At Microsoft, environmental stewardship is important and integral to their business. Over the past 30 years, they have translated their personal beliefs and corporate philosophy into meaningful environmental action.

In February 2006, they adopted the Microsoft Environmental Principles. These principles formalize the ongoing commitment to protecting the environment and natural resources, and the health and safety of employees, customers, and the local communities where they do business. Every Microsoft employee shares the responsibility of helping the company fulfill these principles, which guide our long-term goals and objectives.

"Green" and Energy-Efficient Operations

For many years, Microsoft has participated in the Leadership in Energy and Environmental Design (LEED) program by renovating older buildings and constructing newer corporate buildings to enhance energy efficiency and increase our use of recycled products and non toxic materials. In 2006, we took big steps toward increased sustainability at our campuses in Silicon Valley, California, and Hyderabad, India, and at our newest data center in Quincy, Washington.

In celebration of Earth Day 2006, employees at the Microsoft Silicon Valley Campus (SVC) unveiled a new solar panel power system—the largest in Silicon Valley. The system has 2,288 solar tiles that cover 31,000 square feet on the roofs of buildings across the campus. It generates 480 kilowatts per hour at peak capacity—enough to power nearly 500 homes—and will provide up to 15 percent of the energy used at SVC.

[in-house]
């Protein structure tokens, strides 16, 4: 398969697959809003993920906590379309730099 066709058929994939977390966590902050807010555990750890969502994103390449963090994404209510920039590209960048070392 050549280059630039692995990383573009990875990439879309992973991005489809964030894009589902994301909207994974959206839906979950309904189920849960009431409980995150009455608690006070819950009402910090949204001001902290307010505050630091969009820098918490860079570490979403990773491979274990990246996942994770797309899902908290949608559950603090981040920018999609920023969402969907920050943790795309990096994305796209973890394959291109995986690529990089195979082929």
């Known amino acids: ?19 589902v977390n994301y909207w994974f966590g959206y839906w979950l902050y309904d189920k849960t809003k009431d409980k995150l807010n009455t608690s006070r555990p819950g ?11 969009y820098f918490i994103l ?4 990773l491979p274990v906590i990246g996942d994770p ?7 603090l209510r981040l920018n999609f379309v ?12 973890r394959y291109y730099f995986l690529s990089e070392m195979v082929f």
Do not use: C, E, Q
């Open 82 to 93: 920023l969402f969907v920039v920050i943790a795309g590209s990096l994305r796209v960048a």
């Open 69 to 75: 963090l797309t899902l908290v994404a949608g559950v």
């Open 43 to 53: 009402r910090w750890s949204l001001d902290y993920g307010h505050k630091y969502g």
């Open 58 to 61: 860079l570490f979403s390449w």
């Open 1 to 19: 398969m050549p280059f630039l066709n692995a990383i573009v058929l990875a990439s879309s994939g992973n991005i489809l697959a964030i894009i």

On April 17, 2006, Microsoft opened the doors to Building 2 on our new campus in Hyderabad, India. Building 2 is a state-of-the-art building that incorporates sound environmental design and furniture made by local Indian companies.

The east and west ends of the building, where the sun is strongest, are made of solid masonry to cut down on heat penetration, and the building will be protected from direct sunlight 70 percent of the time. Double-glazed windows allow natural light to enter, but sunshades cut glare and reduce reliance on air conditioning. Also, a reservoir will capture and recycle some 36,000 cubic meters of rainwater to serve the irrigation needs of the 48-acre campus and to run energy-efficient, water-cooled air conditioning units. Another energy-saving feature automatically turns off lights if offices are unoccupied for more than 10 minutes.

In May 2006, we broke ground on our newest and largest data center to date in Quincy, Washington. Opened in April 2007, the facility is powered by hydroelectricity, a renewable and clean-air resource. The construction also prioritizes maximizing energy efficiency, water conservation, and the use of green building technologies under the LEED rating system.

Recyclable Product Packaging